The last two papers of this special issue engage with Weber more directly. Both wish to go beyond the Weberian arguments regarding religion and capitalism, and both turn to the interdependence and hybridity of religious life in the Chinese cultural context. In “Religion and the Chinese Diaspora in Southeast Asia,” Kenneth Dean makes use of the concepts of “civilizational techniques” and the Chinese “religious field” in his analysis of rich ethnographic data from Malaysia and Indonesia. He argues that “[w]hile Weber’s underlying questions remain important in these cases, closer attention to civilizational techniques—including techniques of the body, networking, and mimesis within processes of hybrid rituals, all occurring in rapidly transforming multicultural contexts—can provide deeper insights into unexpected aspects of religious and social change in Southeast Asia.” His call for “an approach to the spread of civilizations that embraces the hybridities of the encounters between civilizational technologies and the local construction of culture under constantly changing circumstances” shows great promise for understanding not only religious life in the Chinese diaspora, but also global religious life in general.

In “Thinking with Weber’s Religion of China in the Twenty-First Century,” Anna Sun proposes to take the development of Confucianism as the dependent variable in our analysis (or alternatively Daoism), rather than the development of modern capitalism, which was Weber’s original focus. However, Weber’s notion of Confucianism and Daoism as an interconnected whole—the orthodoxy and heterodoxy of Chinese society—can be helpful in the construction of an ecological framework for understanding the dynamics of the Chinese religious systems. The notion of “linked religious ecology” is helpful in reassessing how Confucianism and Daoism are interconnected rather than isolated religious phenomena, not set apart from other religious traditions and other aspects of social life but fully integrated with them, for they are both essential parts of an active and ever-evolving whole. By considering the developments of Confucianism, Daoism, and other religious traditions such as Buddhism, Christianity, and Islam as interdependent social processes with dynamics akin to ecological systems, we may be better equipped to examine Chinese religious life as currents flowing in the same river rather than separate streams.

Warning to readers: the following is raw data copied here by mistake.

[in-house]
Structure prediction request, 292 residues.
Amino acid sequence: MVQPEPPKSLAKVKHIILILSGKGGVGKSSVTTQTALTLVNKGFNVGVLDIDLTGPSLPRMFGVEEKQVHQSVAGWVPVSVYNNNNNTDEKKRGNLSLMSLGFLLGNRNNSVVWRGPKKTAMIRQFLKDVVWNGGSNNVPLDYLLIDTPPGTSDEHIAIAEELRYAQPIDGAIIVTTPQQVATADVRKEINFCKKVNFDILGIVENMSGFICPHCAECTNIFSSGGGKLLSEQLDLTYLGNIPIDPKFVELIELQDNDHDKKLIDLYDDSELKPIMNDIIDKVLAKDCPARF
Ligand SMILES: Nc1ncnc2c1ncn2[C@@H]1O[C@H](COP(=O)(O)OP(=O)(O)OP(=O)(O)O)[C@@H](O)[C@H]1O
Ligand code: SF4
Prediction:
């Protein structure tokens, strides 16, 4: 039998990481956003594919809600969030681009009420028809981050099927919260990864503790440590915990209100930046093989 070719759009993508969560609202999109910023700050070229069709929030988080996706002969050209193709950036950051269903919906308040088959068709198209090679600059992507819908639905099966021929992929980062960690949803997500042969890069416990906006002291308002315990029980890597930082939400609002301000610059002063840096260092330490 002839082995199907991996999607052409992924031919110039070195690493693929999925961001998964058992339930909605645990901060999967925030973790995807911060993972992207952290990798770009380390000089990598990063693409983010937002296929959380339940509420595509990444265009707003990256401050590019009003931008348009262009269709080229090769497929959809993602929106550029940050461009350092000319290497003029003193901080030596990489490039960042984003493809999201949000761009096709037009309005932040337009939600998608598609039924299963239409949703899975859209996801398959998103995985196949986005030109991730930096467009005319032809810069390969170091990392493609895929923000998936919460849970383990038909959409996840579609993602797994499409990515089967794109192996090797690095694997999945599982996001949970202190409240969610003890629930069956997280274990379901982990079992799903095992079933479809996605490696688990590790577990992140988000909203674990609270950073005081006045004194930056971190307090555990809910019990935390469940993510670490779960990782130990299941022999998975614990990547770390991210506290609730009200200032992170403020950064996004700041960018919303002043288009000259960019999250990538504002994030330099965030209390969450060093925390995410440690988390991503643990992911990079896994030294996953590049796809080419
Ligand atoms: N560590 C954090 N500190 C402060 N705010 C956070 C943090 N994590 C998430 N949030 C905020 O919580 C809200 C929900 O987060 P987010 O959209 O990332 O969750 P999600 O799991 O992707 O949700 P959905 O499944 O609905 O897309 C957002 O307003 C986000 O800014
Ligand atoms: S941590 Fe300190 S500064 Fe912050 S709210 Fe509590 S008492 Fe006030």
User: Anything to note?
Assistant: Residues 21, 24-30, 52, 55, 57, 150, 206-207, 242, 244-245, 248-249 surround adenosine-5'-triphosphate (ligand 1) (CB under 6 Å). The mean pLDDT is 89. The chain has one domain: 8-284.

Such ecological thinking or emphasis on the hybridity of civilizational techniques may not have been Weber’s original intention when he brought Confucianism and Daoism together in his treatise on China. But it is certainly our goal to think about religions in China as multifarious, permeable, hybrid, ever-changing, and ever-evolving. This is especially the case now, given the increasing cultural and religious mobility in the twenty-first century. We hope this special issue will stimulate a more empirically productive conversation about the Chinese religious fields, both in China and in the Chinese diaspora. This is a conversation started by Weber, but it certainly has been expanded beyond his horizon, although not without his continuing challenges and inspiration.

Content Metrics

All Time Past Year Past 30 Days
Abstract Views 0 0 0
Full Text Views 129 129 110
PDF Views & Downloads 132 132 114